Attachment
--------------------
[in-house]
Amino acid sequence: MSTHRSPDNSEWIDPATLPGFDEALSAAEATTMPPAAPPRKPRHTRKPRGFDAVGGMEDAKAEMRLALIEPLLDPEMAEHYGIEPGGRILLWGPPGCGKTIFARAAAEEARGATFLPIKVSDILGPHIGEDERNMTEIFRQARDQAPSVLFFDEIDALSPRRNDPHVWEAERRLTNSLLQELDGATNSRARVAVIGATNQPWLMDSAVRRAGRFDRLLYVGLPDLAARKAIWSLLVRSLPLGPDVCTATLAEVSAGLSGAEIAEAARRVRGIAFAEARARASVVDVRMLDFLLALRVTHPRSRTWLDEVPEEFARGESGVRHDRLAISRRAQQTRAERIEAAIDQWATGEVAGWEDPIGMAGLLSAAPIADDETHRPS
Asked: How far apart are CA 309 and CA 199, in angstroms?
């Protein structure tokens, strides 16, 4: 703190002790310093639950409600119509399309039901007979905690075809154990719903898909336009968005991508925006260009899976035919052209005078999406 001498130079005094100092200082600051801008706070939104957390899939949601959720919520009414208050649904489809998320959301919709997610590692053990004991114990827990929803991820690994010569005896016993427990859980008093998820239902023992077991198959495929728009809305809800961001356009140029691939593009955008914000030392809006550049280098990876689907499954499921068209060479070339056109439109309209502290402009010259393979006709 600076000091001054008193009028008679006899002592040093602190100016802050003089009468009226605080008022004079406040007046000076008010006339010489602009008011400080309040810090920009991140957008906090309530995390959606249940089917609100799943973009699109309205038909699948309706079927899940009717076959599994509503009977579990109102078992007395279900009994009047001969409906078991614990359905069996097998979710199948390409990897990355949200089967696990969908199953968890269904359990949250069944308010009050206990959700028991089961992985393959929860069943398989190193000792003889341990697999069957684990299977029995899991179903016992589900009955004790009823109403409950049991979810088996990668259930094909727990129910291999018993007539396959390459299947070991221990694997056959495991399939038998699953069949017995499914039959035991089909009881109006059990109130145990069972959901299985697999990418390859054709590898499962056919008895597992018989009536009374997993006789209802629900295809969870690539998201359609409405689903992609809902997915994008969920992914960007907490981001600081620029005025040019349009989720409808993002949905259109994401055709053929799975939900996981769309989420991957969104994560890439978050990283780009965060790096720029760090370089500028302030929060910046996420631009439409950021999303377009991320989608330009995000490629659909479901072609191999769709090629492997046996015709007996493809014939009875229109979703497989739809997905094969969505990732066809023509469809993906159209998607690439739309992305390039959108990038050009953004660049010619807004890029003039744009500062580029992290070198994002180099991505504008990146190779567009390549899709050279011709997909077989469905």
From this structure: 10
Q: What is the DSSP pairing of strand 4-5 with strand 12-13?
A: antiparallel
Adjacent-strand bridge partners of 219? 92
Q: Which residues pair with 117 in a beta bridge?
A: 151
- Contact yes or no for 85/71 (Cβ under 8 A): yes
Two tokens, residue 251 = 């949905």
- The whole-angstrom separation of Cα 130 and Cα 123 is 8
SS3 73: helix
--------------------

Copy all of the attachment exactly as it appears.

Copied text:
[in-house]
Amino acid sequence: MSTHRSPDNSEWIDPATLPGFDEALSAAEATTMPPAAPPRKPRHTRKPRGFDAVGGMEDAKAEMRLALIEPLLDPEMAEHYGIEPGGRILLWGPPGCGKTIFARAAAEEARGATFLPIKVSDILGPHIGEDERNMTEIFRQARDQAPSVLFFDEIDALSPRRNDPHVWEAERRLTNSLLQELDGATNSRARVAVIGATNQPWLMDSAVRRAGRFDRLLYVGLPDLAARKAIWSLLVRSLPLGPDVCTATLAEVSAGLSGAEIAEAARRVRGIAFAEARARASVVDVRMLDFLLALRVTHPRSRTWLDEVPEEFARGESGVRHDRLAISRRAQQTRAERIEAAIDQWATGEVAGWEDPIGMAGLLSAAPIADDETHRPS
Asked: How far apart are CA 309 and CA 199, in angstroms?
């Protein structure tokens, strides 16, 4: 703190002790310093639950409600119509399309039901007979905690075809154990719903898909336009968005991508925006260009899976035919052209005078999406 001498130079005094100092200082600051801008706070939104957390899939949601959720919520009414208050649904489809998320959301919709997610590692053990004991114990827990929803991820690994010569005896016993427990859980008093998820239902023992077991198959495929728009809305809800961001356009140029691939593009955008914000030392809006550049280098990876689907499954499921068209060479070339056109439109309209502290402009010259393979006709 600076000091001054008193009028008679006899002592040093602190100016802050003089009468009226605080008022004079406040007046000076008010006339010489602009008011400080309040810090920009991140957008906090309530995390959606249940089917609100799943973009699109309205038909699948309706079927899940009717076959599994509503009977579990109102078992007395279900009994009047001969409906078991614990359905069996097998979710199948390409990897990355949200089967696990969908199953968890269904359990949250069944308010009050206990959700028991089961992985393959929860069943398989190193000792003889341990697999069957684990299977029995899991179903016992589900009955004790009823109403409950049991979810088996990668259930094909727990129910291999018993007539396959390459299947070991221990694997056959495991399939038998699953069949017995499914039959035991089909009881109006059990109130145990069972959901299985697999990418390859054709590898499962056919008895597992018989009536009374997993006789209802629900295809969870690539998201359609409405689903992609809902997915994008969920992914960007907490981001600081620029005025040019349009989720409808993002949905259109994401055709053929799975939900996981769309989420991957969104994560890439978050990283780009965060790096720029760090370089500028302030929060910046996420631009439409950021999303377009991320989608330009995000490629659909479901072609191999769709090629492997046996015709007996493809014939009875229109979703497989739809997905094969969505990732066809023509469809993906159209998607690439739309992305390039959108990038050009953004660049010619807004890029003039744009500062580029992290070198994002180099991505504008990146190779567009390549899709050279011709997909077989469905």
From this structure: 10
Q: What is the DSSP pairing of strand 4-5 with strand 12-13?
A: antiparallel
Adjacent-strand bridge partners of 219? 92
Q: Which residues pair with 117 in a beta bridge?
A: 151
- Contact yes or no for 85/71 (Cβ under 8 A): yes
Two tokens, residue 251 = 């949905």
- The whole-angstrom separation of Cα 130 and Cα 123 is 8
SS3 73: helix